and the ITC determines that the imports are causing or threatening to cause material injury
to a U.S. industry. The purpose of the CVD law is to offset any unfair competitive
advantage that a foreign producer or exporter might have over U.S. producers due to the
subsidies. Any U.S. AD and CVD action must conform to the terms of World Trade
Organization (WTO) agreements. In addition, the North American Free Trade Agreement
(NAFTA) allows a final dumping, subsidy, or injury determination involving imports
from NAFTA countries to be reviewed by a binational panel instead of by a court in the
country issuing the determination.2
The ITC issued a preliminary determination on May 3, 2004, of material injury to
the U.S. industry.3 Commerce announced on August 16, 2004, a negative preliminary
determination in the CVD case.4 Commerce found that several of 22 Canadian programs
it had examined appeared to be “countervailable,” but the value of the subsidies provided
were less than 1% ad valorem. Other programs were not countervailable, the DOC found.
On the AD petition, Commerce did preliminarily determine on October 14, 2004, that
Canadian swine are being, or are likely to be, sold in the United States at less than fair
value. To determine preliminary dumping margins, the DOC compared an export price
or constructed export price during calendar 2003 with a calculated “normal value” for the
animals. The margins effectively became the provisional duties.5
The authority for CVD and AD actions is in Subtitle A, Title VII, of the Tariff Act of 1930, as
amended (19 U.S.C. 1671 and 1673). For an explanation of this authority and CVD and AD
procedures, see CRS Report RL31296, Trade Remedies and Agriculture.
The ITC published its determination on May 14, 2004 (69 Federal Register, p. 26884), and
detailed its views in Live Swine From Canada: Investigations Nos. 701-TA-438 (Preliminary)
and 731-TA-1076 (Preliminary), Publication 3693 (May 2004).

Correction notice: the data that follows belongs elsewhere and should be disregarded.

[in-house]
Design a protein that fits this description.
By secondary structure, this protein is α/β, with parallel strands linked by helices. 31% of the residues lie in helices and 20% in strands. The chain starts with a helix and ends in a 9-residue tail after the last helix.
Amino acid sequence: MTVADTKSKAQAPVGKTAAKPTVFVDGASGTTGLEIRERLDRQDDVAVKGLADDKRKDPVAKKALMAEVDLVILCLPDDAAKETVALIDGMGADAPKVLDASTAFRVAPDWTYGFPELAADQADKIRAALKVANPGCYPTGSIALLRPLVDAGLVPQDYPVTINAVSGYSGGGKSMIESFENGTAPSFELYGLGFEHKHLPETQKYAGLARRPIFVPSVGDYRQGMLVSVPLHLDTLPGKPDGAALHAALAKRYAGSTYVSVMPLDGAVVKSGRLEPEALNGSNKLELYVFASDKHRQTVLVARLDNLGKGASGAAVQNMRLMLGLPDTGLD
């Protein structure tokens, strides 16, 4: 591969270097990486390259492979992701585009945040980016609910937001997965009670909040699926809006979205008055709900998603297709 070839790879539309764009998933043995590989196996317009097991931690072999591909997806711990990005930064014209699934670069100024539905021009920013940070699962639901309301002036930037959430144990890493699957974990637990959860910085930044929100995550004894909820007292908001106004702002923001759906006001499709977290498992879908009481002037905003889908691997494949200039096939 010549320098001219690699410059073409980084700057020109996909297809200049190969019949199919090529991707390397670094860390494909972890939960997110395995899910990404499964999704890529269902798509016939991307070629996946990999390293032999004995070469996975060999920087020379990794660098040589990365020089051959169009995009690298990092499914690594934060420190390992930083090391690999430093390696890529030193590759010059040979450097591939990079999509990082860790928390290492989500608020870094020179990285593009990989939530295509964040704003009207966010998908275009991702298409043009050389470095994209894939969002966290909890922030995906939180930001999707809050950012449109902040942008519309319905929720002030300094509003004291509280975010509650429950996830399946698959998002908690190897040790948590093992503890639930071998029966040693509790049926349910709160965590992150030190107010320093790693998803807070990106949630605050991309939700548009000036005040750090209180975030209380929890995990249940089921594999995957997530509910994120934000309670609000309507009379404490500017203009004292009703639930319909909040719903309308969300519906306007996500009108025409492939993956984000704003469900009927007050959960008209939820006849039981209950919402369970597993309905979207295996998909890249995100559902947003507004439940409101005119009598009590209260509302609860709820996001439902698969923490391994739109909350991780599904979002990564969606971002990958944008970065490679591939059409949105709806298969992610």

Published August 23, 2004 (69 Federal Register, p. 51800). This preliminary negative
determination by Commerce did not, however, terminate the CVD investigation.
Under the so-called Byrd Amendment (Section 1003 of P.L. 106-387), final duties would have
to be redistributed to the domestic industries claiming to be injured by the imports, in this case
petitioning pork producers. A WTO dispute settlement panel has determined that the Byrd
Amendment violates U.S. trade obligations.
On March 7, 2005, DOC announced a negative CVD determination, i.e., that
countervailable subsidies are not being provided to Canadian producer/exporters,
concluding the CVD case. However, DOC ruled affirmatively in the AD case, finding
that producers/exporters have sold live swine from Canada in the U.S. market at less than
fair value. It set dumping margins for individual firms ranging from 0.53% (de minimis)
to18.87%.6 In the final investigatory step, the ITC issued its final AD determination on
April 6, 2005. Despite the earlier affirmative Commerce ruling in the AD case, the ITC
found that a U.S. industry is not materially injured or threatened with material injury by
reason of live swine imports. As a result, no AD order will be issued.7
The North American Pork Industry8